The relationship of independent contractor or employee is not capable of precise delimitation but there is present here a sufficient group of the factors from which triers of the fact could reasonably find that Ogle was in the employ of Sinclair and not an independent contractor. It may not be said upon this record that Ogle is engaged in a distinct occupation or business. 1 Restatement, Agency, Sec. 220 (2) (b). He was not primarily concerned in merely bringing about contractual relations between third persons and Sinclair, Barnes v. Real Silk Hosiery Mills, supra, and he did not personally purchase Sinclair's products. Adams Dairy Company v. Dairy Employees Union, Mo.Sup., 250 S.W.2d 481. The ultimate result was the sale of Sinclair's products on a commission basis. "When all of the facts are considered, it is seen that Ford's control over the business was limited indeed and that it was well-nigh within the power of the *799 company as a practical matter to dictate his every action. The company owned the goods, fixed the price, limited him to cash sales or credit terms which it imposed, owned and controlled the disposition of the proceeds of sales, and required the use of signs indicating that the station, the goods, and the trucks (contrary to fact) were its own. It was a consignment business so arranged as to leave little or no discretion to the consignee in the sale of the goods. His province was merely to find customers, make deliveries, and collect the money. There was some leeway in the choice and management of employees and in the amount of their salaries which the distributor was required to pay out of his commissions. But even here the company was the dominant figure. It stipulated that the distributor carry workmen's compensation insurance and exacted an agreement of indemnity from the distributor as to the delicts of his employees, promises quite unnecessary if it had no responsibility for their acts. Finally it forbade the assignment of the contract and reserved the right to terminate it at will at any time on ten days' notice and thus completely put an end to the distributor's opportunity to profit by the connection." Gulf Refining Co. v. Brown, 4 Cir., 93 F.2d 870, 873, 116 A.L.R. 449. All the factors enumerated in the quotation are present in this case and the trial court was in error in finding and declaring as a matter of law upon this basis fraudulent joinder and failure to state a claim upon which relief could be granted, Willey v. Fyrogas Co., supra; the petition certainly stated a cause of action and the status of Ogle and Sinclair was not so plain upon this record that it could be declared as a matter of law.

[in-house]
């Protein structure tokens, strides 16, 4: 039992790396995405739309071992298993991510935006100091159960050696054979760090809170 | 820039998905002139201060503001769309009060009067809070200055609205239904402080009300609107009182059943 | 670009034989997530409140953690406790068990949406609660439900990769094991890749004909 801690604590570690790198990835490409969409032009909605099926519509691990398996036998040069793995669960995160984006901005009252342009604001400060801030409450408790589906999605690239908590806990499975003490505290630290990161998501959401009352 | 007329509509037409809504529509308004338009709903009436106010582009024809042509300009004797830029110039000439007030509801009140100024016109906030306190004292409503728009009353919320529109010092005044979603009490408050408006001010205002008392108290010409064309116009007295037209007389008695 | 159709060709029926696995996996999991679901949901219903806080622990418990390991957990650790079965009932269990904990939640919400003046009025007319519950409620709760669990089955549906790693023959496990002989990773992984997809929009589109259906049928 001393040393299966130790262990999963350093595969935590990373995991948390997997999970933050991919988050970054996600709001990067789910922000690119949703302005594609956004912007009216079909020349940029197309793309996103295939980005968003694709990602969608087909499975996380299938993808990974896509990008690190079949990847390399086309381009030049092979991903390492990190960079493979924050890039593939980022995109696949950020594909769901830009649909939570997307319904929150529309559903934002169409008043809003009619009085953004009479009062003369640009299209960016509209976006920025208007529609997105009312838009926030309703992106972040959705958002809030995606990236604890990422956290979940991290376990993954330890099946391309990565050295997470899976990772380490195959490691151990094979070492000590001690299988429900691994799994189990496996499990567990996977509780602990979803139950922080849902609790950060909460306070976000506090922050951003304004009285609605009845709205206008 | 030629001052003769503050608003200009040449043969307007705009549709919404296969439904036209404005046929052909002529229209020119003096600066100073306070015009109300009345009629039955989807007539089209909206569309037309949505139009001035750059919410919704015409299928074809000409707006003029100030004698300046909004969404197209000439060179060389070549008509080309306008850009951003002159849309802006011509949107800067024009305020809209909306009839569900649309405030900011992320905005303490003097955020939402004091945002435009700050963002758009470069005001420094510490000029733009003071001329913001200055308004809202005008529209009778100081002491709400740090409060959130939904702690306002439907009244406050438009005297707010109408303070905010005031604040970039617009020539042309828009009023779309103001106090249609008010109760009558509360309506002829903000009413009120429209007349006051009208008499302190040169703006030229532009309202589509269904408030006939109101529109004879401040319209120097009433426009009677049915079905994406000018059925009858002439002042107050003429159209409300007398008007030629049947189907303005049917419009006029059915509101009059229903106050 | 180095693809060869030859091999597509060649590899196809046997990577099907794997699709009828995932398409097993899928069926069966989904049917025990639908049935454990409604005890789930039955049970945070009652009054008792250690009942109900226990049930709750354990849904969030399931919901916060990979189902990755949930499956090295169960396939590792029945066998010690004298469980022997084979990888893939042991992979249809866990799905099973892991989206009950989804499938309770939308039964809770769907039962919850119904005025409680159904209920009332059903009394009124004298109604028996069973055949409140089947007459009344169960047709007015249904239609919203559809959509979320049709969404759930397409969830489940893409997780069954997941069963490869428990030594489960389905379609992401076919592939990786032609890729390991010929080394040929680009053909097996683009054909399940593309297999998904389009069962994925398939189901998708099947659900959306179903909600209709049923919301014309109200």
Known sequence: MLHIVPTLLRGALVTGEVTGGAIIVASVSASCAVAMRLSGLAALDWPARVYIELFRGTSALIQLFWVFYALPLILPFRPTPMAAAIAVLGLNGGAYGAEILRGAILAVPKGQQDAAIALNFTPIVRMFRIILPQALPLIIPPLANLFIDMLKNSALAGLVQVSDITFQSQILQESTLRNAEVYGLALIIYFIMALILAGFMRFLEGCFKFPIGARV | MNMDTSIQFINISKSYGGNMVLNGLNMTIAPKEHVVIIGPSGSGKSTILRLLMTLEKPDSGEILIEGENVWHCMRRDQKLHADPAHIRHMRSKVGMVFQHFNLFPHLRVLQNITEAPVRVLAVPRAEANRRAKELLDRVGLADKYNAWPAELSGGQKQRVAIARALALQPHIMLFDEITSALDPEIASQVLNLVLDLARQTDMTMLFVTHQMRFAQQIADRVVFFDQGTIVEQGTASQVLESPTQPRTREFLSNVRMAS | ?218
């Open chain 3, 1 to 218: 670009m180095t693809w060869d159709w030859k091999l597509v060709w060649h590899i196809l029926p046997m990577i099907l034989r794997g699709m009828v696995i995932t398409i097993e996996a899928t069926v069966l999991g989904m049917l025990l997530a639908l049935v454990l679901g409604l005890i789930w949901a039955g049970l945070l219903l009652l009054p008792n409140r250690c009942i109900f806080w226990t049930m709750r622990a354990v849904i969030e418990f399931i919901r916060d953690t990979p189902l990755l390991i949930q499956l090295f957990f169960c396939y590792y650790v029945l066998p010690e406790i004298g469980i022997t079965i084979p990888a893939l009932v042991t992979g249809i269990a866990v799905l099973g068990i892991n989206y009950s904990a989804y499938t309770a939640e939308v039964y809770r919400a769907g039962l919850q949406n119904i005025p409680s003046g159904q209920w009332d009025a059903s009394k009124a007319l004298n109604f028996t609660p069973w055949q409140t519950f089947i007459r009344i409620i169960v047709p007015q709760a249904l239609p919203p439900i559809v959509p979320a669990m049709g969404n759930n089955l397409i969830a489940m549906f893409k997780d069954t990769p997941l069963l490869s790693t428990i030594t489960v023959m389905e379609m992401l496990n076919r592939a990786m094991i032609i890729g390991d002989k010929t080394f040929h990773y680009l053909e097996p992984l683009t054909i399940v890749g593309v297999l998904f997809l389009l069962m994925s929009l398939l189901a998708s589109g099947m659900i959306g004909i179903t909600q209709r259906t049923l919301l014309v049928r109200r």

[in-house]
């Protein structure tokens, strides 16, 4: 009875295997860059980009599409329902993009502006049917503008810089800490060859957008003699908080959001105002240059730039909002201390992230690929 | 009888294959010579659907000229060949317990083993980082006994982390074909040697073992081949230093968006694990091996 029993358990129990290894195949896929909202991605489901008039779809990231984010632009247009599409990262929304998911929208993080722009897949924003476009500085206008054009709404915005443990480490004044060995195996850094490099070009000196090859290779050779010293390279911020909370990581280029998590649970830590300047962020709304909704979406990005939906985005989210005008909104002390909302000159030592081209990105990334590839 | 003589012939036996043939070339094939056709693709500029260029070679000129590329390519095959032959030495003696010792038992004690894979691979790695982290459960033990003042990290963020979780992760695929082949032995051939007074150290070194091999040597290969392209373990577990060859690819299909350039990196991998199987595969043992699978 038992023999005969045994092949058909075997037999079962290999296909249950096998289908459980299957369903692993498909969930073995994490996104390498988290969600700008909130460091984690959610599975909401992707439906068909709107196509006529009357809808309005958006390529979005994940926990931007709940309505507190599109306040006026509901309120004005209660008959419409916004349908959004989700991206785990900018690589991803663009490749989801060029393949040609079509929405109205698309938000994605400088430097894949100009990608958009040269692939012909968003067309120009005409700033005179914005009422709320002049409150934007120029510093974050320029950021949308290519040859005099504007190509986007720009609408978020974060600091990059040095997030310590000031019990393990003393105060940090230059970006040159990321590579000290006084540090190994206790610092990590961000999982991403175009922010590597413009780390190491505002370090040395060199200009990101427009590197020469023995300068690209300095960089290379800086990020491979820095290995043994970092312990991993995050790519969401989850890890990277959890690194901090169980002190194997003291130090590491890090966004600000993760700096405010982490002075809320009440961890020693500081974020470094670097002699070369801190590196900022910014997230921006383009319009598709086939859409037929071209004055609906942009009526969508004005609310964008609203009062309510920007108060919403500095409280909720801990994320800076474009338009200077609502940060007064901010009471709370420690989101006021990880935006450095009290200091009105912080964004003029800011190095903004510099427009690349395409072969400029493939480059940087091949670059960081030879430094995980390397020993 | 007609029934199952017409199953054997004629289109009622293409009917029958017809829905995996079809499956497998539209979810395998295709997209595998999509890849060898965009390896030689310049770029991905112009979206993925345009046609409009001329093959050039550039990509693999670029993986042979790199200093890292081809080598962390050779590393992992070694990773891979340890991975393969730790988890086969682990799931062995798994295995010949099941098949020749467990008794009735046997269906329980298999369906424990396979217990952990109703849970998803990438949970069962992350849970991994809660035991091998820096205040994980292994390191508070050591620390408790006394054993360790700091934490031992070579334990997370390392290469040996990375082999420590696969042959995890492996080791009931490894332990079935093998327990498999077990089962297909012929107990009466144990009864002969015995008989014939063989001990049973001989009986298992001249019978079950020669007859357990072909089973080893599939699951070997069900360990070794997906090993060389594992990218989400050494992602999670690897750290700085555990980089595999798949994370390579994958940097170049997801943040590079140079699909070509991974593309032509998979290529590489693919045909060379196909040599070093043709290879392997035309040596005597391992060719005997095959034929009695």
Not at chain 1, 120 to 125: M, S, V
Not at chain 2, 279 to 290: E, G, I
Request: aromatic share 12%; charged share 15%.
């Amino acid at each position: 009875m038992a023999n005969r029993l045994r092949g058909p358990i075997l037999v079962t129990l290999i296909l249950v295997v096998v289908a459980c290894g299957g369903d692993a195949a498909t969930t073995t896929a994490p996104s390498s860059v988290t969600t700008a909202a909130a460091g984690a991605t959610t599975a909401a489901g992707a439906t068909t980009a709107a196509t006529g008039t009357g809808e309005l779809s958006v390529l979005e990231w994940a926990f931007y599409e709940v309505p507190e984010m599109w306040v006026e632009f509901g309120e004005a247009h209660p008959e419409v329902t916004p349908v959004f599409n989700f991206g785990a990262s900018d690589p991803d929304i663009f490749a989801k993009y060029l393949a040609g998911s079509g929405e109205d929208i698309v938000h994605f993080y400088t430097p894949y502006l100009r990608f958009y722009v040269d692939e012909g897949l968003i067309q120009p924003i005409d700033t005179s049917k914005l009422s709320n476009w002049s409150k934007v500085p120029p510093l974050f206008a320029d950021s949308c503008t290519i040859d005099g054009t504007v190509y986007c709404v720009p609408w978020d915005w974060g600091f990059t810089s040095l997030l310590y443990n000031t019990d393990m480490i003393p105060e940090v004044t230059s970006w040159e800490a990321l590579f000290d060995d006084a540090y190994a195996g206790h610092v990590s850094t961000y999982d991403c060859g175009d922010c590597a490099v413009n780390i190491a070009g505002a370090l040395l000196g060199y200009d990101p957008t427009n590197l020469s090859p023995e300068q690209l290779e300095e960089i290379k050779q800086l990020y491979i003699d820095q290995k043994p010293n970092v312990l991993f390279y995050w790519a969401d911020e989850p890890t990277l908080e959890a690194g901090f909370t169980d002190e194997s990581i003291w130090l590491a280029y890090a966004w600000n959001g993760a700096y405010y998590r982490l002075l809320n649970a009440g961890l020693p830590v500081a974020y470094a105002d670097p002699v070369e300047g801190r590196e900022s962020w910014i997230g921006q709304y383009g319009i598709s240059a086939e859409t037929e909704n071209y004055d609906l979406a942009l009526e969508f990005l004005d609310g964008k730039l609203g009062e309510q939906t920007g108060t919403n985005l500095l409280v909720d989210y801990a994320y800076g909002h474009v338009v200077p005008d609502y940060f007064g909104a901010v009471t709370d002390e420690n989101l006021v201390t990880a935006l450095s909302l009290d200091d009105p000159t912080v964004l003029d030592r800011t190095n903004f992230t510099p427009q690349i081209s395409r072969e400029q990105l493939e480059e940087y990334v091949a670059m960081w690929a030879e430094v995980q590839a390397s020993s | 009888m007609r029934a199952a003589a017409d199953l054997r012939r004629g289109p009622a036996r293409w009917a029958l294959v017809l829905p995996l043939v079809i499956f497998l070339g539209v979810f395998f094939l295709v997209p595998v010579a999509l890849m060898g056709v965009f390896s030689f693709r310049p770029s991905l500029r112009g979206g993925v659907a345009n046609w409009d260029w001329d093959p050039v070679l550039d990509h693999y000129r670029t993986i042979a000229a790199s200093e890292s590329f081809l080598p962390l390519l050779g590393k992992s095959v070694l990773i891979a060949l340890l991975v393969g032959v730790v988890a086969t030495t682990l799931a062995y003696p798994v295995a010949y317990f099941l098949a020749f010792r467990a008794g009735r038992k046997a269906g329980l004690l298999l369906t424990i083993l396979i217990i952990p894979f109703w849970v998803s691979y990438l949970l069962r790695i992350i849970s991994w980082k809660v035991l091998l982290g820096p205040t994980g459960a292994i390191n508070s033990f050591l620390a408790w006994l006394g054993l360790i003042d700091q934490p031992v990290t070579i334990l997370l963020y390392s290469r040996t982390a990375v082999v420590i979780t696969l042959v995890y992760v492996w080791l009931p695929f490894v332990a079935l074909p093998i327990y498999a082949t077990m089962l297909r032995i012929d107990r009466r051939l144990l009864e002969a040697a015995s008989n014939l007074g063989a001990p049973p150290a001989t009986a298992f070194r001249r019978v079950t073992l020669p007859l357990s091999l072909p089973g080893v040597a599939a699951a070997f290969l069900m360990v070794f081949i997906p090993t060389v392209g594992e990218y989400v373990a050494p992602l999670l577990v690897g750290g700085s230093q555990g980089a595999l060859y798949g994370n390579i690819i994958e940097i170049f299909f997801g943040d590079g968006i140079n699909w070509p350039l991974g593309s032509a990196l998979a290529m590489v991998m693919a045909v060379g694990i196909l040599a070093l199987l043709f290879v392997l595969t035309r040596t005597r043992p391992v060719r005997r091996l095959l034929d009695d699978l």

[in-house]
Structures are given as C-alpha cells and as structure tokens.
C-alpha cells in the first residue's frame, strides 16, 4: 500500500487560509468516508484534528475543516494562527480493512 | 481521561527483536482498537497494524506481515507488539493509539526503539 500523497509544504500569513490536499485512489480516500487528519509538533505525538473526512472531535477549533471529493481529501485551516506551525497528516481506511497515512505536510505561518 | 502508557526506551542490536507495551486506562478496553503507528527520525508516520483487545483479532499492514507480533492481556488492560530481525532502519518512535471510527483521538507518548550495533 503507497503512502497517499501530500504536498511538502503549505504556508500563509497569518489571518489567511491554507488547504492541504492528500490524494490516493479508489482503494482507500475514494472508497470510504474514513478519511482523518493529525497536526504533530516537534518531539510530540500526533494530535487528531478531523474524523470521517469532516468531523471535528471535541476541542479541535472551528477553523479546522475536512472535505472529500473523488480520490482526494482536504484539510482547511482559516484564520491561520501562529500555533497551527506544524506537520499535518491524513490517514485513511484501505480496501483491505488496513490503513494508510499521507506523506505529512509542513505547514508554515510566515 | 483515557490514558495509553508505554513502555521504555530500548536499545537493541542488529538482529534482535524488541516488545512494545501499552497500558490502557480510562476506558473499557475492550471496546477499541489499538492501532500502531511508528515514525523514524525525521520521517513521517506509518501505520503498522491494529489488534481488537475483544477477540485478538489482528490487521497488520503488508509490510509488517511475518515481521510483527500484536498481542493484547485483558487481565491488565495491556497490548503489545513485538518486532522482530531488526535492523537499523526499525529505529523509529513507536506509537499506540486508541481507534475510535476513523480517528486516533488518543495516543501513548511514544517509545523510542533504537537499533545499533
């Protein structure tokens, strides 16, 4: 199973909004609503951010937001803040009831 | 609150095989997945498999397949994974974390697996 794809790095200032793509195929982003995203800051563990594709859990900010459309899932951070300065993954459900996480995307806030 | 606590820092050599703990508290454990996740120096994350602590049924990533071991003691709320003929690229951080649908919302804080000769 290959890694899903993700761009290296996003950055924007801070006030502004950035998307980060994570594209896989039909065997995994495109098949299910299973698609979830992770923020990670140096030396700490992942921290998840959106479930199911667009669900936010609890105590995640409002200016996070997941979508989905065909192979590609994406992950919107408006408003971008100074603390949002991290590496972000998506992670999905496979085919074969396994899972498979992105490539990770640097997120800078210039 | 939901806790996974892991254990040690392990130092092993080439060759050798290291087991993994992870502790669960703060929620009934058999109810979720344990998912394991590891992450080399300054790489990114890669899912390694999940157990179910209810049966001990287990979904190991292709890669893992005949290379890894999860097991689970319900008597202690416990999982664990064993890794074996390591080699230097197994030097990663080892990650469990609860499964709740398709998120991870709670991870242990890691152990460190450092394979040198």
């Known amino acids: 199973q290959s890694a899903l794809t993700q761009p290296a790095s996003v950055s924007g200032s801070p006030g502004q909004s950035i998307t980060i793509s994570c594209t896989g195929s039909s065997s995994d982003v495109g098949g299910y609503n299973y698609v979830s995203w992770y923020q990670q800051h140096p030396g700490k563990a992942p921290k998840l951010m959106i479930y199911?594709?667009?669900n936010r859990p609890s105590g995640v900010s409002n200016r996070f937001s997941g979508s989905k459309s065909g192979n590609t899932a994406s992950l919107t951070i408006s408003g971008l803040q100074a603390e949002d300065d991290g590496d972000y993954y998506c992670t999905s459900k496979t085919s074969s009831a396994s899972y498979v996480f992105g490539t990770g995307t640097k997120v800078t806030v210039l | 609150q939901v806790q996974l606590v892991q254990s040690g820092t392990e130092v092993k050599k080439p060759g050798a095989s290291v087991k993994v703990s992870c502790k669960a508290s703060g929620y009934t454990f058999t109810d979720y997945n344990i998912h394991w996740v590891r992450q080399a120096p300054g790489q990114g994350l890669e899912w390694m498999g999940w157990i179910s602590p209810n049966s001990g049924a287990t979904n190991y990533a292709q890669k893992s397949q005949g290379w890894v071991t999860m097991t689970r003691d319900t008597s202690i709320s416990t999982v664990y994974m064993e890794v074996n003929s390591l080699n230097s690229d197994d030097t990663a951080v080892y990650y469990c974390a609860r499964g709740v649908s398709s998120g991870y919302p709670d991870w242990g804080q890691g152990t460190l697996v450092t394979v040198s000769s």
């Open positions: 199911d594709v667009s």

What we have said inferentially disposes of Sinclair's argument that it had no control or right to control the physical movements of the truck or of the physical conduct of the operator of the truck, but it is not necessary to determine here whether the acts complained of were within the scope of the employment or were authorized, Sowers v. Howard, 346 Mo. 10, 139 S.W.2d 897; Riggs v. Higgins (Metropolitan Life Ins. Co.), 341 Mo. 1, 106 S.W.2d
1, if the relationship of employer and employee is found and Shoemaker, the truck driver, is a subagent, the principal, Sinclair would likewise be liable. 1 Restatement, Agency, Sec. 255; Gulf Refining Co. v. Brown, 4 Cir., 93 F.2d loc.cit. 874, 116 A.L.R. 449. Fraudulent joinder and lack of proper venue could only be found in failure to state or have a cause of action and, as we have said, that does not so plainly appear upon this record as to be declared as a matter of law. Accordingly the judgments quashing the process and dismissing the actions are reversed and the causes remanded.
WESTHUES and BOHLING, CC., concur.
The foregoing opinion by BARRETT, C., is adopted as the opinion of the Court.